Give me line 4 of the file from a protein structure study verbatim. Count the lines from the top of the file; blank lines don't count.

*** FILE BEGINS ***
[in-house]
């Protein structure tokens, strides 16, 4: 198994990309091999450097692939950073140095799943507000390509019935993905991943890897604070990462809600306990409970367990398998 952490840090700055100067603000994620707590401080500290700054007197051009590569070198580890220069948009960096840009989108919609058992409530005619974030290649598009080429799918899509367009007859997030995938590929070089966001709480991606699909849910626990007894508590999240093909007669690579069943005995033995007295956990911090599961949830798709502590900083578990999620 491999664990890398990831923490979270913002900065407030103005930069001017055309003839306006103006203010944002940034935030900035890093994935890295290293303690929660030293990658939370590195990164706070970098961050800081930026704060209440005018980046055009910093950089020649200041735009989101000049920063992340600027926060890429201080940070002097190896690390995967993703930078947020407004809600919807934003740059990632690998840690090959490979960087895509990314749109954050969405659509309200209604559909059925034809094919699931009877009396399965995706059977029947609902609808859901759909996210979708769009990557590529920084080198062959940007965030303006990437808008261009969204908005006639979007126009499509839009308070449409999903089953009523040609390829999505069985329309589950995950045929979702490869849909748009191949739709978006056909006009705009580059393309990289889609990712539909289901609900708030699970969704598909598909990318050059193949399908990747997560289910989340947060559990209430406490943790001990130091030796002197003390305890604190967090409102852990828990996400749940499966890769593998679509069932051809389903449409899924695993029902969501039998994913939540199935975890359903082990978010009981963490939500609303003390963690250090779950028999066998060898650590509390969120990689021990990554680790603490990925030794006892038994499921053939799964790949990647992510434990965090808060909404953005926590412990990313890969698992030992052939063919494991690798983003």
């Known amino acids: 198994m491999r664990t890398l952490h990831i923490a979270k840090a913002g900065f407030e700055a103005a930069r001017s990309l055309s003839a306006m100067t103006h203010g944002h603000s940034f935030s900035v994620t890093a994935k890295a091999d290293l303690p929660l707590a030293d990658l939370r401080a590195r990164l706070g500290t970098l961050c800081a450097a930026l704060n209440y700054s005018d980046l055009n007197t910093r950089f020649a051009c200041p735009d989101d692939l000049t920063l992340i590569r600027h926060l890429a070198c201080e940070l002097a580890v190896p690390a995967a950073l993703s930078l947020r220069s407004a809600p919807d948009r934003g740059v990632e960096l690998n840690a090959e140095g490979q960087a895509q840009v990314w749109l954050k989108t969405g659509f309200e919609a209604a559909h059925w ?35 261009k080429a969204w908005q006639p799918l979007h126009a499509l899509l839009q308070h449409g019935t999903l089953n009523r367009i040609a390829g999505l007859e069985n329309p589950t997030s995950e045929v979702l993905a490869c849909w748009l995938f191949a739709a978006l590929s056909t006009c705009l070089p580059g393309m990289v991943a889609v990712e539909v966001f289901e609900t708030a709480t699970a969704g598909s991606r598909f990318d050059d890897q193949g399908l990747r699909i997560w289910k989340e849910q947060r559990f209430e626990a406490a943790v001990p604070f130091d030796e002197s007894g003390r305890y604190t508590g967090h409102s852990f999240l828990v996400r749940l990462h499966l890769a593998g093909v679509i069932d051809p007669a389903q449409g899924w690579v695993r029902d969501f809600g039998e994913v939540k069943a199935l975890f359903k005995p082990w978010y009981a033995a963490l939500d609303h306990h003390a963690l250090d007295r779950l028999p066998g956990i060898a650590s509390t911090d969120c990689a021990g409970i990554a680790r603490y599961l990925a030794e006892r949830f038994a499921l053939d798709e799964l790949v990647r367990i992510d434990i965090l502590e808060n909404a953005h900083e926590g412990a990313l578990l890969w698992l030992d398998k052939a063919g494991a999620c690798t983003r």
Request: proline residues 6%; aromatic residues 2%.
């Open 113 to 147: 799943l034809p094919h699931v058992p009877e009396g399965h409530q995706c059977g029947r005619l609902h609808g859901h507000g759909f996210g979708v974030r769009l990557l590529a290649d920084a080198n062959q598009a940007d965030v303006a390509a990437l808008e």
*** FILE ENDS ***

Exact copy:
Request: proline residues 6%; aromatic residues 2%.